Sri Lanka has made strong strides towards reducing poverty and is well placed to meet the Millennium Development Goals (MDGs), although many challenges still remain especially in the estate sector and certain conflict-affected districts. Meanwhile, a new tool of measurement, the Multidimensional Poverty Index, may hold the key to better understanding what factors are driving poverty in Sri Lanka the most. A ‘Talking Economics Special Report’ titled “Eradicating Poverty in Sri Lanka: Strong Progress But Much Remains To Be Done” authored by Wimal Nanayakkara, Senior Visiting Fellow at IPS gives a valuable insight into the latest analysis on Sri Lanka’s performance on poverty reduction.
As Divi Neguma, the government’s latest grassroots economic development initiative, marks one year since its introduction, we took a look at the key features of the programme, its potential to help livelihood development and raise incomes, and the key improvements that need to be made
With the number of elderly dependents growing faster than the working age population, Sri Lanka will need to create fewer new jobs than it has historically done – just under 30,000 each year – for the next two decades. It is easier to absorb new entrants into jobs of lower productivity. However it will be more challenging, but critical, for Sri Lanka’s future success to meet its people’s rapidly rising aspirations by creating jobs of higher quality. This, then, is the crux of Sri Lanka’s employment challenge. Although the number of new jobs required to be created is less than before, their quality needs to be much better.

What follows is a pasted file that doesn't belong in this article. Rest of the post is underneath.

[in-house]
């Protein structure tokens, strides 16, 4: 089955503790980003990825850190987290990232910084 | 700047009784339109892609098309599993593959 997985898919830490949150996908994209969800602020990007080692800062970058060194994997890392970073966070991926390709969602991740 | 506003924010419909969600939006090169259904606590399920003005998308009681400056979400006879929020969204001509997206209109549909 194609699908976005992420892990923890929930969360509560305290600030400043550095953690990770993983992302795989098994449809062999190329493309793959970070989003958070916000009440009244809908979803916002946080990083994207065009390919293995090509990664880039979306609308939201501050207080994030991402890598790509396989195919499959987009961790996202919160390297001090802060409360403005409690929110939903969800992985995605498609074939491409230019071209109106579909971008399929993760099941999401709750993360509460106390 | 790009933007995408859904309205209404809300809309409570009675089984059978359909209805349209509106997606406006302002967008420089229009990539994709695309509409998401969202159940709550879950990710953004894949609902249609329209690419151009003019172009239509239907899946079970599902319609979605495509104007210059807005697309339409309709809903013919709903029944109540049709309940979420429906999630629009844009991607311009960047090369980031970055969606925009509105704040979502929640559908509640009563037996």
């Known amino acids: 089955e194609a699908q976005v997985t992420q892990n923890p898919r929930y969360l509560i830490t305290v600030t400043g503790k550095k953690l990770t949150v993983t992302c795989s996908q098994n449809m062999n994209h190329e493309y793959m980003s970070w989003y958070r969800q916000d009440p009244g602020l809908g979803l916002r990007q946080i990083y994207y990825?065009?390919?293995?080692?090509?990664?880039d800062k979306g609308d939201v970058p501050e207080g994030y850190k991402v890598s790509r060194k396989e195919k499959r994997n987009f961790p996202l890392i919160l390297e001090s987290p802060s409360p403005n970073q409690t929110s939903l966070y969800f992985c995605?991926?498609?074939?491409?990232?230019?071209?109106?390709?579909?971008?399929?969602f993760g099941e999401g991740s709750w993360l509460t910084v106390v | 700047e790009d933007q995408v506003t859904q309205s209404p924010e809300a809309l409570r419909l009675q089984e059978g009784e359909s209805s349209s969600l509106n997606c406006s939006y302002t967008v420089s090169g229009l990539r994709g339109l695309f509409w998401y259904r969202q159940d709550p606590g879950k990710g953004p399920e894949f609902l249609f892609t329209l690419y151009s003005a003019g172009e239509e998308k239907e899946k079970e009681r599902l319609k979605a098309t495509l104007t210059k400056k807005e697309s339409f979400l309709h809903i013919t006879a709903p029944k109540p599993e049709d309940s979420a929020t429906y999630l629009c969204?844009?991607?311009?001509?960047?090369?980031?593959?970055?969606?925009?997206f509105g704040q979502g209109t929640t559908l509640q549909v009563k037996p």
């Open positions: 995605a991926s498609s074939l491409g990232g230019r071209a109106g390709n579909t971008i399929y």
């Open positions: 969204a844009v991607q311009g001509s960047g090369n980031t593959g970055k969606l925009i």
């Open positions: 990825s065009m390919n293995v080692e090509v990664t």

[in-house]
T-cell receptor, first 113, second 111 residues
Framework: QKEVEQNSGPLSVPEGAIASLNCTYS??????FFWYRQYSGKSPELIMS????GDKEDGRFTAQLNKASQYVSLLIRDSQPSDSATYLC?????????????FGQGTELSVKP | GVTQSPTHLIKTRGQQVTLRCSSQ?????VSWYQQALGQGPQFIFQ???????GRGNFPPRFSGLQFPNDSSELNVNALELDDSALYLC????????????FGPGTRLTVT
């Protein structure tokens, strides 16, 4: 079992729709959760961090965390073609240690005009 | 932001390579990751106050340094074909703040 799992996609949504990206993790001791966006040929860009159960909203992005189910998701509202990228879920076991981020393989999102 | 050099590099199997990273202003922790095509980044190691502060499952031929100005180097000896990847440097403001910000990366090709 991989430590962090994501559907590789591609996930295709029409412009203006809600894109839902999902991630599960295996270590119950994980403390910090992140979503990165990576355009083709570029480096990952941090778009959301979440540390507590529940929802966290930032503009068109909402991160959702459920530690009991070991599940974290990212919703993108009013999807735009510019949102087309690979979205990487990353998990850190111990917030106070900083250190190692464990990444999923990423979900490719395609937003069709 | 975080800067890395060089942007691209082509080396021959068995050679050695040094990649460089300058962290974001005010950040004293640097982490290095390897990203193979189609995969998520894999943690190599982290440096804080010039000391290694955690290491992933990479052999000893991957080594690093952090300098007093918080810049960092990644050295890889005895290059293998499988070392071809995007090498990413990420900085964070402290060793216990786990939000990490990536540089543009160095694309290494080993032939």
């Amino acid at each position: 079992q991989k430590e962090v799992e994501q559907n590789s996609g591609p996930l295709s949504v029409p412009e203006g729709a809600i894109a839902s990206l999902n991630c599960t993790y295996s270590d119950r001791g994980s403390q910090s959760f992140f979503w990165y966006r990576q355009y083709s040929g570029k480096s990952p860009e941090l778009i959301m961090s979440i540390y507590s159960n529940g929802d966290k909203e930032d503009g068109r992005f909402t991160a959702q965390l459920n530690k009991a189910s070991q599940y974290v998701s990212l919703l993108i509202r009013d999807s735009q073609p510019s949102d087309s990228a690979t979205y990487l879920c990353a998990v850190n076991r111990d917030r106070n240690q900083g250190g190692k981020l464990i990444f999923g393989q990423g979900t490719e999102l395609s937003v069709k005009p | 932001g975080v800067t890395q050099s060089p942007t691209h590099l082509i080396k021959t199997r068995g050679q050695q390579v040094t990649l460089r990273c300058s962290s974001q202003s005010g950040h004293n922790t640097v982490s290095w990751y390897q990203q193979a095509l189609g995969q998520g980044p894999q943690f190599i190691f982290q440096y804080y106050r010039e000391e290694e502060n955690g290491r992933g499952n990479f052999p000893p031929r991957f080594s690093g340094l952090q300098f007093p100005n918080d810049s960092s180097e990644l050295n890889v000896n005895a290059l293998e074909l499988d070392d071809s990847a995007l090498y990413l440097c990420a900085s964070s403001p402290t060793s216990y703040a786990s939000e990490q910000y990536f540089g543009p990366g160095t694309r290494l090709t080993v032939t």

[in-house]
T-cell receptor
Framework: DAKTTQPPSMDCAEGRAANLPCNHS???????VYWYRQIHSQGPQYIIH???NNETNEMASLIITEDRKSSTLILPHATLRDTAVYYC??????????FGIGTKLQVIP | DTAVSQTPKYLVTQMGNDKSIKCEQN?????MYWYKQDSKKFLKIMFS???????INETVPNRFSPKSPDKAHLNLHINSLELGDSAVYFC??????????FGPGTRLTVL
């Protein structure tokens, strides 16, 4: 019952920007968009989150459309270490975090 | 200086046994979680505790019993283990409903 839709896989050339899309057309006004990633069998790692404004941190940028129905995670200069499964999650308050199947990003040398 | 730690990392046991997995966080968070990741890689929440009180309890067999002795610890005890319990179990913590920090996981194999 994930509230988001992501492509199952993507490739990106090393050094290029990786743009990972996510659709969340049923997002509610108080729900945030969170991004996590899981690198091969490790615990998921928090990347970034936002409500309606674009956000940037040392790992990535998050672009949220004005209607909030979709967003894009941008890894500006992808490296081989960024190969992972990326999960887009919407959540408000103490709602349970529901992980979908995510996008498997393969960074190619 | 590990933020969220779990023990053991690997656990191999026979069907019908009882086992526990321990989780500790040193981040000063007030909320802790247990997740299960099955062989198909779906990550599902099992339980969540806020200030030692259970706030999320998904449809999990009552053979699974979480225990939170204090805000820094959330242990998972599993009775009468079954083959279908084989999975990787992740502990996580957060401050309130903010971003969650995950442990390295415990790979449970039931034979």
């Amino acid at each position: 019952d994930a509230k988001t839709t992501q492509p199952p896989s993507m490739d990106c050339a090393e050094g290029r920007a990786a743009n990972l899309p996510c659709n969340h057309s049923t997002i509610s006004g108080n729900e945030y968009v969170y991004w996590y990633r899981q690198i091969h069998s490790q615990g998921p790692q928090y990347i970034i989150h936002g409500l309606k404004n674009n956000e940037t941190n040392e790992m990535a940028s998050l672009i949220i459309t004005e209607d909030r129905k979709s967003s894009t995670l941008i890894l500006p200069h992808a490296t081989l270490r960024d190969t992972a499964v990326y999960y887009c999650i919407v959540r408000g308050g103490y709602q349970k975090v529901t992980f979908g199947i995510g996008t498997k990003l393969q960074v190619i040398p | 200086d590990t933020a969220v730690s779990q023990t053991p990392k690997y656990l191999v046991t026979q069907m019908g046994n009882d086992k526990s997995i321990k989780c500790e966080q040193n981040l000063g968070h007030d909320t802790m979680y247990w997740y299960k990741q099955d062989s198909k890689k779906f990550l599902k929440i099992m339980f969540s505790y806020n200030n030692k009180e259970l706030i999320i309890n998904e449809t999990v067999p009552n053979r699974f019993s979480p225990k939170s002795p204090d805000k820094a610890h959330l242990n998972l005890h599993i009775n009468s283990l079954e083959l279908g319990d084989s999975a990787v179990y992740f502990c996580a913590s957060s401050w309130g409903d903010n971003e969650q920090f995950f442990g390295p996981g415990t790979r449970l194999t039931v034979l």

The Sri Lankan migrant workforce provides an important contribution to the economy. However, their contribution is being undervalued by a lack of existing institutional frameworks to maximize their potential whilst at the same time provide protectionary measures in the course of foreign employment. This is particularly significant for female migrant workers who are exposed to an alarmingly high rate of physical and sexual abuse. The proposed Budget 2012 changes provide an ample opportunity to rectify and minimize risks that are presently at a high level.
The Budget 2012 presented last month touches on agriculture at several points. However, the proposal to establish “four rice export zones” stands out as the most provocative, in an economic sense, amongst all of them. Sri Lanka has just achieved near self-sufficiency in rice. But the rice sector, including both production and consumption, is still plagued with a multitude of economic and social problems. Against this backdrop, a proposal to commit resources to promote rice export raises a number of questions ranging from “is it possible” to “at what cost and for whose benefit”. This article seeks to take a deeper look into this complex issue.